Portland on fire again over police killings


Protests erupted in Portland April 12 following the police killing of Daunte Wright in Minnesota. They escalated four days later after police killed a homeless white man with a history of struggling with mental health issues.

Protesters set fire to the North Portland Police Association building in response to the police killing of Daunte Wright. Credit: Suzette Smith, Portland Mercury

Over 100 protesters immediately responded to Wright’s murder. Calling for the abolition of police, they shattered windows and tore down light fixtures at the downtown offices of the Portland Police Bureau and Multnomah County Sheriff. The next night, they set fire to the North Lombard headquarters of the Portland Police Association, chanting: “Every city, every town, burn the precincts to the ground!” and “Say his name! Daunte Wright!” 

Three days later, protests grew and intensified after a 46-year-old homeless man, Robert Douglas Delgado, was shot, the first police killing in Portland since 2019.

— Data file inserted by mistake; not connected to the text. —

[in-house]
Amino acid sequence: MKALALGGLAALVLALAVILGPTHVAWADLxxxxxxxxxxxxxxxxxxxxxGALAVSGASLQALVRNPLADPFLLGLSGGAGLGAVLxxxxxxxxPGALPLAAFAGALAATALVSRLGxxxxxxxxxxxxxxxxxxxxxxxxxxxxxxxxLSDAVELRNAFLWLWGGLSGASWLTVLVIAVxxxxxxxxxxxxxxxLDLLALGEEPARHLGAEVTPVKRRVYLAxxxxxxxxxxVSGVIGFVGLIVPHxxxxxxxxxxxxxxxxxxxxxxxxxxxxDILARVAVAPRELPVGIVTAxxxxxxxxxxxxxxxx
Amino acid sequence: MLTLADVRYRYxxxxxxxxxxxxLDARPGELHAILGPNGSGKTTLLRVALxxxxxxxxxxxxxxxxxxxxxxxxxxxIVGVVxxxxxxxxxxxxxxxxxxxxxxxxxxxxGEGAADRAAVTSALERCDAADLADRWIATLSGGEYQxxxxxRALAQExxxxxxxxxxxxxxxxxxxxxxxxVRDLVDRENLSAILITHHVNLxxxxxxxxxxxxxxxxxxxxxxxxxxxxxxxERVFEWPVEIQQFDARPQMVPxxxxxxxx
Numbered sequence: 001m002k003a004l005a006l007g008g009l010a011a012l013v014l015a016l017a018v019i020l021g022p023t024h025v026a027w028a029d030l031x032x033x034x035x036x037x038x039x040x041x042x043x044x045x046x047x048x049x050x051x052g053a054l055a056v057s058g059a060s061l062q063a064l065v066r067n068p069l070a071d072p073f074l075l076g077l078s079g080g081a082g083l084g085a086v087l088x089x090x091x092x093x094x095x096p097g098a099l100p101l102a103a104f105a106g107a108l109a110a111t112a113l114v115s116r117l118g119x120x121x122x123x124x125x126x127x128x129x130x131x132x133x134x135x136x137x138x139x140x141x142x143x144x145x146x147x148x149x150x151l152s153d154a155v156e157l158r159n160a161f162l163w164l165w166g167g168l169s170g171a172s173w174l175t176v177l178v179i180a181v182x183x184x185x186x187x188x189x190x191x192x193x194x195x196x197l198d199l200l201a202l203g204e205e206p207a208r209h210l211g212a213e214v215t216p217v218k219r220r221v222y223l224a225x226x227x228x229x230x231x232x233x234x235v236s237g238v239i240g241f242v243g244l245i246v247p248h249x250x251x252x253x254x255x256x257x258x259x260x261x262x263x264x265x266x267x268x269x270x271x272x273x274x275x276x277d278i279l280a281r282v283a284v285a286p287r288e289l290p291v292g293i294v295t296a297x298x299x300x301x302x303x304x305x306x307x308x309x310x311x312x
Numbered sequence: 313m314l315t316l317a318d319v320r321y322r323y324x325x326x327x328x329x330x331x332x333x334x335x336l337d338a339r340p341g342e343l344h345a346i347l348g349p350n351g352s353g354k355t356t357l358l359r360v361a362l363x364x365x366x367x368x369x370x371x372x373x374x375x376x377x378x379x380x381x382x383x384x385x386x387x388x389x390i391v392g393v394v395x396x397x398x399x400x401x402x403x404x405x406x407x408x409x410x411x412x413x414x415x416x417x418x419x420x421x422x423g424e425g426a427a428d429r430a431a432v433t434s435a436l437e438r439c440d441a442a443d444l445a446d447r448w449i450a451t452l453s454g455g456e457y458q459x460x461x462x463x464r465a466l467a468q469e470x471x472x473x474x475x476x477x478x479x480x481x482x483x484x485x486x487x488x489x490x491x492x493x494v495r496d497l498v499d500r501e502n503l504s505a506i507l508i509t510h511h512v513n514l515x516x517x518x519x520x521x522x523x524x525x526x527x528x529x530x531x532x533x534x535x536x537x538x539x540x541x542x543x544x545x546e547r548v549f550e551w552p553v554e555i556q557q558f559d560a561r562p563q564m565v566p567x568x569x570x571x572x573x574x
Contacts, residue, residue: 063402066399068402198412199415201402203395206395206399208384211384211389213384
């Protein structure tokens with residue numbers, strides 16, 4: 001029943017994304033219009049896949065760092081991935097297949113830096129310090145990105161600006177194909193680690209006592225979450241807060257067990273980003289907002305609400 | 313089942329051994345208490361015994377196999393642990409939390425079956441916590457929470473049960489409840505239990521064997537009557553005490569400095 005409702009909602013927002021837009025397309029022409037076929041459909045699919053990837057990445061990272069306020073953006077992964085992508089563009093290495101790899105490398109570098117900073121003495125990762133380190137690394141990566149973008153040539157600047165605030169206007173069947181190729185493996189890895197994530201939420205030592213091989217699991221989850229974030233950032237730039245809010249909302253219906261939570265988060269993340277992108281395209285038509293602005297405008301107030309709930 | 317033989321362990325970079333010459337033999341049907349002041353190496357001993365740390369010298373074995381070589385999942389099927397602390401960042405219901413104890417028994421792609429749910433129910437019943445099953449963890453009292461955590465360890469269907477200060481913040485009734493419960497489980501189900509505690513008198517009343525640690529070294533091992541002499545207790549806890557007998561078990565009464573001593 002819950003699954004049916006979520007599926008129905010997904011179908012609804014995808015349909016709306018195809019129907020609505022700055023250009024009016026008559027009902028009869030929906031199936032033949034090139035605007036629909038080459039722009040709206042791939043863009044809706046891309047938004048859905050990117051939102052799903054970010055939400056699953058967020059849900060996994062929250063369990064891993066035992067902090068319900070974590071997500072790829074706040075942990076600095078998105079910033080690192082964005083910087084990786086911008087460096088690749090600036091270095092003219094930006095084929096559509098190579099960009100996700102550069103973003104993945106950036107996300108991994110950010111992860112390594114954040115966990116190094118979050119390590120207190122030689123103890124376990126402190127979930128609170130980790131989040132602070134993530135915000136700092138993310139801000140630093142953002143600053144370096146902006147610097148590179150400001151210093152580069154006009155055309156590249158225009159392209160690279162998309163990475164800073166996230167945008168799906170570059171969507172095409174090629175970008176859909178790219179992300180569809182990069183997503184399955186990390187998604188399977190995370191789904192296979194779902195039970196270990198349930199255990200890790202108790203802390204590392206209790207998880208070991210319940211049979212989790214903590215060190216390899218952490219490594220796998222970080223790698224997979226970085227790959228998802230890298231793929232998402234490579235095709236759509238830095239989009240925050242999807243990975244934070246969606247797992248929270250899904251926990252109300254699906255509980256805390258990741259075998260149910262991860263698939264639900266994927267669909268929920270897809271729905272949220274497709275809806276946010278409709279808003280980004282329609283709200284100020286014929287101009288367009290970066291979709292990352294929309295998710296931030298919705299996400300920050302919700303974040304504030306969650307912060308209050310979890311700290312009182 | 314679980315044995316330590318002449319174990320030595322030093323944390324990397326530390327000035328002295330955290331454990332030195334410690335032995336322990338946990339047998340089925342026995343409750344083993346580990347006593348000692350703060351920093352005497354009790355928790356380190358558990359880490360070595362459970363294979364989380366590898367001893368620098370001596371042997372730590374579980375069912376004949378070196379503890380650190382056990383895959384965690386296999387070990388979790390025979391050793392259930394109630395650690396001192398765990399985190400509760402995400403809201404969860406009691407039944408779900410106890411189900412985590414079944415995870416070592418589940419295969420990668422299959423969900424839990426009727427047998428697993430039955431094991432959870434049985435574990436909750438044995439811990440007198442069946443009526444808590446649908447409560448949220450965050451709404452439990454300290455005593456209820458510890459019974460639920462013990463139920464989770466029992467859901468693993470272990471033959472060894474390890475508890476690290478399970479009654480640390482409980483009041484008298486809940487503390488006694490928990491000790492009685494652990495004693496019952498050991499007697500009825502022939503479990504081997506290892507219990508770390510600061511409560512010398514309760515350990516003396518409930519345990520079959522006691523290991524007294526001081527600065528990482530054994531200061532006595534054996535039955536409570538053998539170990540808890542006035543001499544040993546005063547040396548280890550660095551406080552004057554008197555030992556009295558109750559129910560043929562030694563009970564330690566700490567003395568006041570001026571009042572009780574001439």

Zakary DeLong, the cop who shot Delgado, has worked for the Portland Police Department for eight years. Before that he was a sniper in special operations with the U.S. Army Rangers in Afghanistan. DeLong was one of 19 Portland cops who “liked” another officer’s post reading “I am Darren Wilson,” referring to the Ferguson, Mo., cop who killed Michael Brown. (tinyurl.com/5db6eyt4)

Protesters attacked police vehicles and smashed windows of banks and businesses like Nordstrom and Nike. They started fires in dumpsters downtown and outside the Apple store. Another fire blocked the mass transit light rail. At times crowds of around 100 faced off with the police.  

This week’s protests were an extension of Portland’s 100 days of protests beginning last May that were sparked by the lynching of George Floyd. One of their demands was the defunding or abolition of the Portland Police Bureau. In response to the demonstrations, Oregon state government leaders banned the choke hold and eliminated use of tear gas, except in the case of a “riot,” and cut $15,000 from the Portland Police Bureau. 

A leading protester responded to these concessions in a video summarizing the effect of the demonstrations on Portland: “They threw us some bread crumbs with their first little attempt at defunding the police. It wasn’t what we asked for. We asked for $50 million a year until the whole system has been dismantled.” (tinyurl.com/524ndmrk)

Simple Share Buttons

Share this
Simple Share Buttons